Next to the inter-class separation, the methodology provides intra-class separation based on the number of carbons and the degree of saturation in the fatty acid side chains. Figure 6(a) and 6(b) display different types of intra-class separation obtained on the µPAC column. The more carbon atoms, the more retention is observed (Figure 6[a]) for various Lyso-PE species, for example, Lyso-PE(16:0) (peaks 3 and 4) and Lyso-PE(18:0) (peaks 10 and 11). Lipids containing an equal carbon number but a different number of double bonds in the FA chain are also resolved as is illustrated for Lyso-PEs with a total carbon number of 18. The more double bonds a lipid contains, the earlier it elutes, for example, Lyso‑PE(18:2) (peaks 1 and 2) elutes before Lyso-PE(18:1) (peaks 5 and 6), which in turn elutes before Lyso-PE(18:0) (peaks 10 and 11). The existence of two peaks for every Lyso-PE with a given fatty acid composition can again be explained by the differential positioning of identical fatty acids onto the glycerol backbone. Positional isomers are thus baseline separated and isomers carrying the acyl substituent at the sn-2 position elute before their sn-1 counterparts. Isomers carrying the fatty acid at the sn-2 position are labelled as PE(0:0/16:0), PE(0:0/18:0), and so on. Those carrying the fatty acid at the sn-1 position as PE (16:0/0:0), PE(18:0/0:0), and so on.

Peaks 8, 9, 10, and 11 show another level of isomer separations. Lyso-PC (15:0) and Lyso-PE (18:0) share the same molecular formula (C23H48NO7P), but their structural differences based on fatty acid composition and polar head group allow separation. Their identity could be inferred from MS/MS experiments in both positive and negative electrospray ionization mode. 

The nature of the covalent bond (ester, ether, vinyl ether) of the fatty acid chain to the polar head group also has an influence on reversed-phase LC retention. For example, the vinyl ether group (plasmenyl phospholipid) makes the molecule more retentive (less polar) as shown for PE(p16:0/0:0) (peak 7) compared to PE(16:0/0:0) (peak 4).

Another intra-class separation of lipids present in human blood plasma involves the ceramide Cer(d18:1/16:0), and different glycosphingolipids assembled from this ceramide (Figure 6[b]). Chromatographic separation is related to the sugar moiety, that is, the more sugars that are attached to the ceramide backbone, the more polar the molecule, and the earlier the glycosphingolipids elute. 

All these examples of intra-class separation correspond to lower abundant lipids in blood plasma, and subsequently the smaller peaks observed in Figure 5(a).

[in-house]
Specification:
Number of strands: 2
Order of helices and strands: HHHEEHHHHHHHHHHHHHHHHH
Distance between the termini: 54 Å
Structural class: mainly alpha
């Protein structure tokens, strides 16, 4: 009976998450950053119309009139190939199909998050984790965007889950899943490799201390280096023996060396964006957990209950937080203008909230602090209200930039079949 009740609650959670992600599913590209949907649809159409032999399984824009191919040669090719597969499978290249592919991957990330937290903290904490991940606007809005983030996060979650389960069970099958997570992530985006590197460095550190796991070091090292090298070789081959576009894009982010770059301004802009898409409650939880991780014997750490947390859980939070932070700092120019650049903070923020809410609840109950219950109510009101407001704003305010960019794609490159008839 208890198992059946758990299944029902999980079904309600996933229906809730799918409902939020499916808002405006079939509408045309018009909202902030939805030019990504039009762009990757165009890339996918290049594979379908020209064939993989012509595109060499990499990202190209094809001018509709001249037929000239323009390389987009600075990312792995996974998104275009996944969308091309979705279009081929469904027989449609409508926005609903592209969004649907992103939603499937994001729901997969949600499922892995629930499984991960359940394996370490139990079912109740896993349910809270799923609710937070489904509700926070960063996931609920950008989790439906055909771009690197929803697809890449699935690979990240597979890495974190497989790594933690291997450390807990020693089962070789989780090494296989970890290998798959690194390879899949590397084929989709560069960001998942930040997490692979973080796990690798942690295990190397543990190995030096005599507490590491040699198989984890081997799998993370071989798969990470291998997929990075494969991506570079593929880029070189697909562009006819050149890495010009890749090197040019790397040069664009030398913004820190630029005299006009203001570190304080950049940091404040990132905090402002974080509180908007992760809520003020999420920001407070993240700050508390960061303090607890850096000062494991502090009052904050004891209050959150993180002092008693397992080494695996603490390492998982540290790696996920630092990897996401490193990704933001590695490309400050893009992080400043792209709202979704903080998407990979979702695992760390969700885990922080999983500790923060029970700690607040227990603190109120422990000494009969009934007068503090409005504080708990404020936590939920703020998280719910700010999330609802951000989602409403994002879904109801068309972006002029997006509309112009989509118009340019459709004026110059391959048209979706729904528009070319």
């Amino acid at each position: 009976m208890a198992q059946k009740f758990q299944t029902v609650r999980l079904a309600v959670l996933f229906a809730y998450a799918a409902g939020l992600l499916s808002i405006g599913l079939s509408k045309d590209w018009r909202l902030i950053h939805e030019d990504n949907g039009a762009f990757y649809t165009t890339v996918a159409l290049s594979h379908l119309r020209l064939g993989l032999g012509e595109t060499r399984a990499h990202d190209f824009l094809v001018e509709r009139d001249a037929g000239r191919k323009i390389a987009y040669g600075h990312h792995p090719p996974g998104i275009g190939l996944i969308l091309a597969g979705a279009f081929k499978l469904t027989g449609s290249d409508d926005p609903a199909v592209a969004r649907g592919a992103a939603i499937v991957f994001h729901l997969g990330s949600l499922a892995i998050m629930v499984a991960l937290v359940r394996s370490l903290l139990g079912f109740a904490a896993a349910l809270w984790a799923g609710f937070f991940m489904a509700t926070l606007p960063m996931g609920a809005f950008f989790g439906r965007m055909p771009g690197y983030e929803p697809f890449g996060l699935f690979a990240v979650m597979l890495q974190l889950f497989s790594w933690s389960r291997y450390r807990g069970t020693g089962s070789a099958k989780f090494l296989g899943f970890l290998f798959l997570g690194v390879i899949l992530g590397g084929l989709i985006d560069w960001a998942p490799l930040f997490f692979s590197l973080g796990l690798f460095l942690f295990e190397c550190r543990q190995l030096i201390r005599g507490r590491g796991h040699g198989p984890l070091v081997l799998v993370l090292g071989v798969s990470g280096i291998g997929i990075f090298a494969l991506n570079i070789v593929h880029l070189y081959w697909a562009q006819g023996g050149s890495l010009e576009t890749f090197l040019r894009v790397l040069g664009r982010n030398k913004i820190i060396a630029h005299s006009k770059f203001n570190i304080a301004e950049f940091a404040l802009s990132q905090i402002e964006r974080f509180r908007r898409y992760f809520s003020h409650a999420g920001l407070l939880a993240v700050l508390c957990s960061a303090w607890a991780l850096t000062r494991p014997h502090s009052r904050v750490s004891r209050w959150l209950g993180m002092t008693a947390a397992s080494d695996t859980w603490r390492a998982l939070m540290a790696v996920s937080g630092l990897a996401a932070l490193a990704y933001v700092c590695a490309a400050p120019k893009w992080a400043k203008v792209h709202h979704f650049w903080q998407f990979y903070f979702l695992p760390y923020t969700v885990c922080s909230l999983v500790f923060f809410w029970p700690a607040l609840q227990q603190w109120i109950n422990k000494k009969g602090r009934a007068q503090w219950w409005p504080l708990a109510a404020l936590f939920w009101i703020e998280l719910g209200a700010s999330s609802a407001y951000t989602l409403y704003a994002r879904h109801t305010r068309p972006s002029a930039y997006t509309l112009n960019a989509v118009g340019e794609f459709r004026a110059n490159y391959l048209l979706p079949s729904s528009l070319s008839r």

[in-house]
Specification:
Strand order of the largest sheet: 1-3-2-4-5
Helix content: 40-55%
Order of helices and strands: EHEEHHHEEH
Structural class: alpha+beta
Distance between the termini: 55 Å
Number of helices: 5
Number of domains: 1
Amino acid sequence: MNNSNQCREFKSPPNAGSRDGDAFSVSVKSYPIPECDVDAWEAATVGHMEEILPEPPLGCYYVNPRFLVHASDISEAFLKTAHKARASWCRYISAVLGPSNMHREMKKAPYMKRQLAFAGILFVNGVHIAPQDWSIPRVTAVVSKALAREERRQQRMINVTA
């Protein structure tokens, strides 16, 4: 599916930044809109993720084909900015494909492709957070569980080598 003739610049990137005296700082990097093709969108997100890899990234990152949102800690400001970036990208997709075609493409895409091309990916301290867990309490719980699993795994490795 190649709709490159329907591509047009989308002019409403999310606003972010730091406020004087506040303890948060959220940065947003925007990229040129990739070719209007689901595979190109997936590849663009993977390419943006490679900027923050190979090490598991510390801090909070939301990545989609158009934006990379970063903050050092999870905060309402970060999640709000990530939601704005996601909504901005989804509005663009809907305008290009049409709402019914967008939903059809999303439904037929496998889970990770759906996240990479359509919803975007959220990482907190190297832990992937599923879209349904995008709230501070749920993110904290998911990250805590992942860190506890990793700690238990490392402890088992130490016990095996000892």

The mass spectrometric identification of structural isomers is further exemplified in Figure 7(a) for two baseline separated PC(36:4) isomers differing in their fatty acid content on the glycerol backbone: PC(18:2/18:2) and PC(16:0/20:4). The corresponding MS/MS data acquired in the negative ionization mode and an explanation for these structures are shown in Figure 7(b). The most intense ion-the neutral loss of a methyl group and a formate ion (note that PCs ionize as formate adducts in negative ionization mode)-is the same for both isomers, but the fragmented fatty acids differ, namely 279.2329 [M-H]-1 in the upper spectrum corresponding to linoleic acid (C18:2) and two fatty acid fragments, namely at 255.26472 [M-H]-1 for palmitic acid (C16:0) and 303.26603 [M-H]-1 for arachidonic acid (C20:4), in the lower spectrum explaining PC(18:2/18:2) and PC(16:0/20:4), respectively.

Conclusion

The first use of the µPAC column in lipidomics has been illustrated. In combination with high resolution mass spectrometry, high lipidome coverage can be obtained. Inter- and intra-class separation can readily be achieved and isomeric lipids can be resolved. This approach holds great potential in lipidomics studies.

Acknowledgement

The authors acknowledge the development team at PharmaFluidics for their continuous support.

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Koen Sandra is Scientific Director at the Research Institute for Chromatography (RIC, Kortrijk, Belgium).

Jonathan Vandenbussche is LC–MS technician at the Research Institute for Chromatography.

Ruben t’Kindt is Head of Omics at the Research Institute for Chromatography.

Bo Claerebout is R&D Engineer at PharmaFluidics in Ghent, Belgium.

Jeff Op de Beeck is Application Development Manager at PharmaFluidics.

Wim De Malsche is Associate Professor at the Department of Chemical Engineering at the Vrije Universiteit Brussel, Belgium, and co-founder of PharmaFluidics.

Gert Desmet is a Full Professor in Chemical Engineering at the Vrije Universiteit Brussel, and a co-founder of PharmaFluidics.

Pat Sandra is President of the Research Institute for Chromatography and Emeritus Professor at Ghent University (Ghent, Belgium).